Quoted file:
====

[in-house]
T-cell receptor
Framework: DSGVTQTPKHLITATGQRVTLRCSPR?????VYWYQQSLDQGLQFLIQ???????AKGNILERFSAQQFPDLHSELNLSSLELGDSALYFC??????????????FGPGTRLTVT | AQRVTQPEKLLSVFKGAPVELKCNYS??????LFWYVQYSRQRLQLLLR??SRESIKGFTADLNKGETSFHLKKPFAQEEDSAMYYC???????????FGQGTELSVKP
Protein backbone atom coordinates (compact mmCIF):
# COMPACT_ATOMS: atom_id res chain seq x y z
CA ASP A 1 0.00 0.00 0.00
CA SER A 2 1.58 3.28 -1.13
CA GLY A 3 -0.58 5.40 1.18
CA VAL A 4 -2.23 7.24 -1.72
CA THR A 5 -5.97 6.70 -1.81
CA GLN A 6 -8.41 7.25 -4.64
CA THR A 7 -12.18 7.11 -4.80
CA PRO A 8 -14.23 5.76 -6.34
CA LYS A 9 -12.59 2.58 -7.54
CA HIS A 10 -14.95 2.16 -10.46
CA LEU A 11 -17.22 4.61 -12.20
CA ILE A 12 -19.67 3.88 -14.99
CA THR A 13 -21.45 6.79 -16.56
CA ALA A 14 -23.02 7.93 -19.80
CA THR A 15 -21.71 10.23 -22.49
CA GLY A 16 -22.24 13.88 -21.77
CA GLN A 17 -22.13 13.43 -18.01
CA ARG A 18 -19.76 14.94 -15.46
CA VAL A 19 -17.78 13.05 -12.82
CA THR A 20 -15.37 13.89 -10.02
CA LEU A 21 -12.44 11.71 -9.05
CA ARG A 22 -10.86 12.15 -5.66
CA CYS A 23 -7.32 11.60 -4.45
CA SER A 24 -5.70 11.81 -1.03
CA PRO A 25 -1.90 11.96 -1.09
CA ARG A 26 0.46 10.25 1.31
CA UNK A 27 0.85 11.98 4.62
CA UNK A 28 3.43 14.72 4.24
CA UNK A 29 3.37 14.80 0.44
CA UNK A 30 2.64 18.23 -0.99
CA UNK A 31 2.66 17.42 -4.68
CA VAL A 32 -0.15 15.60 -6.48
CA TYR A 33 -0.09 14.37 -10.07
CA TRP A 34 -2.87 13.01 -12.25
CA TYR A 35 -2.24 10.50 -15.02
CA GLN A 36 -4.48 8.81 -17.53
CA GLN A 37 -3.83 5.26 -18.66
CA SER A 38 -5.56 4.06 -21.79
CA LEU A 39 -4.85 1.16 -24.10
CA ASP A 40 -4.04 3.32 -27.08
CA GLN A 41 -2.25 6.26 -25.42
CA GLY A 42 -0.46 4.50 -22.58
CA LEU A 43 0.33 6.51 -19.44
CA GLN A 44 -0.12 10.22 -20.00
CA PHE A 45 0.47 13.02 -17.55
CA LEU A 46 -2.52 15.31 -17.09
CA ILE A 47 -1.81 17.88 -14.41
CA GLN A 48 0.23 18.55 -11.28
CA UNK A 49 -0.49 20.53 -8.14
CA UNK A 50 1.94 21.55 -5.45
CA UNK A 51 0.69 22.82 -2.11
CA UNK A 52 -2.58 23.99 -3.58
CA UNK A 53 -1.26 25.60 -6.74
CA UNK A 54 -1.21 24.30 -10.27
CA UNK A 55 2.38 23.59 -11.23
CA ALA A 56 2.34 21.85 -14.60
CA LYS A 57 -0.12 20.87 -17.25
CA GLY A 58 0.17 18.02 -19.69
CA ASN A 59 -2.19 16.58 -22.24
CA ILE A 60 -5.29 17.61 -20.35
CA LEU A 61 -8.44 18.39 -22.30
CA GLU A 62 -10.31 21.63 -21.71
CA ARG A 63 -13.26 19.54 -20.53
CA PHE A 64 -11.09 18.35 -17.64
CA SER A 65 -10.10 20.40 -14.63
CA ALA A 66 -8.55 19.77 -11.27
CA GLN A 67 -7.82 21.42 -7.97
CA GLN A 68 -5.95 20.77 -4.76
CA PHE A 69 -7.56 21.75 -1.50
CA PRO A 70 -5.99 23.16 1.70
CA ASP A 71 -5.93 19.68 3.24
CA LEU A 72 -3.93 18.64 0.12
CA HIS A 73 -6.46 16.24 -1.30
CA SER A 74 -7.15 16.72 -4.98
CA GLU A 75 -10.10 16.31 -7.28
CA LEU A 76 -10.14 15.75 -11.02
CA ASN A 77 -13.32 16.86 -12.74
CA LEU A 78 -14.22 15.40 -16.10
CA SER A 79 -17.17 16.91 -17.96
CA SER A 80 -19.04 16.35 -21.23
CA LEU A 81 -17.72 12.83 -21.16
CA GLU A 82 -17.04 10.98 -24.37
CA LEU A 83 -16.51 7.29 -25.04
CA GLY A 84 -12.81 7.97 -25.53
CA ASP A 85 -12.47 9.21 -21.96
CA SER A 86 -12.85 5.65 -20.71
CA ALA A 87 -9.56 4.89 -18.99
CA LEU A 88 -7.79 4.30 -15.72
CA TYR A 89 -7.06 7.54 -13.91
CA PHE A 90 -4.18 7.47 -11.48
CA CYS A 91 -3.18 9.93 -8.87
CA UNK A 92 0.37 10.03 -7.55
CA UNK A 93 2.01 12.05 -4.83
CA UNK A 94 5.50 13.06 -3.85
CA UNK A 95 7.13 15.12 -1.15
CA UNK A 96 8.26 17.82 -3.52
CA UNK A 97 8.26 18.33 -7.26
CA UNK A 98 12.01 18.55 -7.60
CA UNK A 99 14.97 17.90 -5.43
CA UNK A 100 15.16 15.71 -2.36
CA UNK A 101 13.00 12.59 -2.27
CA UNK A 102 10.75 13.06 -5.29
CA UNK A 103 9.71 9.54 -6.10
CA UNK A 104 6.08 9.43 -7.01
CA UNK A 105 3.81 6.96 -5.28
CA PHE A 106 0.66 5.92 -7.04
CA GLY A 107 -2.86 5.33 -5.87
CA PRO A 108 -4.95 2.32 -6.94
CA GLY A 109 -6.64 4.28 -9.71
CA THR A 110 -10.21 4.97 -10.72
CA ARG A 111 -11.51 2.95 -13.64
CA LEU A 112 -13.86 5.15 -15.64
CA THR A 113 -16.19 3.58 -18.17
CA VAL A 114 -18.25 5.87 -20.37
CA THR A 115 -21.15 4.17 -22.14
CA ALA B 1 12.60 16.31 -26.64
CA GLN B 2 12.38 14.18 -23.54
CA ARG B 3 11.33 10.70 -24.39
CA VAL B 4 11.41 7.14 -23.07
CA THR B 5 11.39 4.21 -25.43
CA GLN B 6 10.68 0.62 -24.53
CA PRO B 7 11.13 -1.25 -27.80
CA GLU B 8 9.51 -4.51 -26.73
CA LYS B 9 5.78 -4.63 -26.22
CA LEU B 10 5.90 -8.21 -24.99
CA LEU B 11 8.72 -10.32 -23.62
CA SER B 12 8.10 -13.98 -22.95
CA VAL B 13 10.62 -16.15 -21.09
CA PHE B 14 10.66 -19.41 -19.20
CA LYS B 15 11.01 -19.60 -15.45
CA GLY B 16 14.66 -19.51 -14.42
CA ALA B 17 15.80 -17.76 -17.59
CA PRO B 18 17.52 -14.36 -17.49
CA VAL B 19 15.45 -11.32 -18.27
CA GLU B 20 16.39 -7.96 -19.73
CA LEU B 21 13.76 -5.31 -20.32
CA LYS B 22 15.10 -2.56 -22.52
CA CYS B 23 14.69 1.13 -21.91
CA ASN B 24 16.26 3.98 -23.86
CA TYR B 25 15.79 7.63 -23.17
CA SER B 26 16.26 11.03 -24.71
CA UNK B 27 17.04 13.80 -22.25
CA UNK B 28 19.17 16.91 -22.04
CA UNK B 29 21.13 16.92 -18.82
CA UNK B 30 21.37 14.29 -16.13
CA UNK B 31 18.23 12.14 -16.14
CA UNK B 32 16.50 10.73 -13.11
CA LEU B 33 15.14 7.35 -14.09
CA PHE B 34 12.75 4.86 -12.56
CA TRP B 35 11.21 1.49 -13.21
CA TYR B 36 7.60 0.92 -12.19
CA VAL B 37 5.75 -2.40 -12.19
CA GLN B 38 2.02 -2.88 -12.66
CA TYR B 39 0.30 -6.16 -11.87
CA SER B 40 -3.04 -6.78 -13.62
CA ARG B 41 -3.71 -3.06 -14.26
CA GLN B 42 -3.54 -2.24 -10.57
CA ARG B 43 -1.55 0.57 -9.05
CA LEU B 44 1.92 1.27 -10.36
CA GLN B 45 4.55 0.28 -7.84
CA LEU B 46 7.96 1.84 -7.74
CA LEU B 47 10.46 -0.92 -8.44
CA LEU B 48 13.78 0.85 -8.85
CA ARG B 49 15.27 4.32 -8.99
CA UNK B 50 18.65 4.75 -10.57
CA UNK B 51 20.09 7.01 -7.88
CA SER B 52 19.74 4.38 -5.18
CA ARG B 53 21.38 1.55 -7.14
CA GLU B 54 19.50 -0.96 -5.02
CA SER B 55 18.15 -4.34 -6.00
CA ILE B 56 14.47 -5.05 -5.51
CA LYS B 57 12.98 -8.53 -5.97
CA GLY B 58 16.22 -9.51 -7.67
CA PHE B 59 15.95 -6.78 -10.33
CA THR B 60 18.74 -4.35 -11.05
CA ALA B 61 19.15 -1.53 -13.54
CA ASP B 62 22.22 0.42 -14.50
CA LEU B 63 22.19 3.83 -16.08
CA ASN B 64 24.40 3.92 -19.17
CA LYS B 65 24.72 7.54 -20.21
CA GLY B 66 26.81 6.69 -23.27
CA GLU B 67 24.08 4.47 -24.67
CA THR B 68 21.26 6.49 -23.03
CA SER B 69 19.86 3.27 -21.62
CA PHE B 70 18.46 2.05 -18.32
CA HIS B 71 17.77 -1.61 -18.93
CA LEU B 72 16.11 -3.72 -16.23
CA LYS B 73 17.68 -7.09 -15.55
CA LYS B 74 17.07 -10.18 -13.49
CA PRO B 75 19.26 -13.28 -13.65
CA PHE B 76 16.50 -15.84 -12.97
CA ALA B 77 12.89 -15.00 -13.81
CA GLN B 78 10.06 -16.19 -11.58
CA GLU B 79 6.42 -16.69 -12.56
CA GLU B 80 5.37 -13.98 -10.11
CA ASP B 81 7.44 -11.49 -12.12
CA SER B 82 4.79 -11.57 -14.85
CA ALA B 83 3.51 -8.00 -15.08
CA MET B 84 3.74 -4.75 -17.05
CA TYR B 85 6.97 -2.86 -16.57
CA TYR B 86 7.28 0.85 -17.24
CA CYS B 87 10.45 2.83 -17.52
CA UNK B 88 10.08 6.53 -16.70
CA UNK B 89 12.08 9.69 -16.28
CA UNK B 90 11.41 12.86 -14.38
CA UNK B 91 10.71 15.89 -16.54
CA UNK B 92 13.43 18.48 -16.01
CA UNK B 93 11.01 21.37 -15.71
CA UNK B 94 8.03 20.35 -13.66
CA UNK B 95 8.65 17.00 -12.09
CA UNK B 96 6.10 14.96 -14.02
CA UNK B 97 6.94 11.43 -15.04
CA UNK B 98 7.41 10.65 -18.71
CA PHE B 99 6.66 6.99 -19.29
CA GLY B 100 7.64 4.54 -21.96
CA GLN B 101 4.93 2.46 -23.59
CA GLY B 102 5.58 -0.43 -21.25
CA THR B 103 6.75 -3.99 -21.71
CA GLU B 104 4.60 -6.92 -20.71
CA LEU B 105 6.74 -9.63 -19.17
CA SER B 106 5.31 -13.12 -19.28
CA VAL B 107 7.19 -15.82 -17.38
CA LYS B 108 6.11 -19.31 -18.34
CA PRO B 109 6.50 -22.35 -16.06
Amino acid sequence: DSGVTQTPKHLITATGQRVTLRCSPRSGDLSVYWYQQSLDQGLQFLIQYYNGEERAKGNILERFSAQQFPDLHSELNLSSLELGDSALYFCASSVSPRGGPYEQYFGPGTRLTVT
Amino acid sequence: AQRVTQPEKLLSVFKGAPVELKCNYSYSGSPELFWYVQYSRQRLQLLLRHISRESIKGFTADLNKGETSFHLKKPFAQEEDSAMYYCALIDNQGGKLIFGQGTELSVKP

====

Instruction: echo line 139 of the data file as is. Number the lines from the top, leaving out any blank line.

CA VAL B 19 15.45 -11.32 -18.27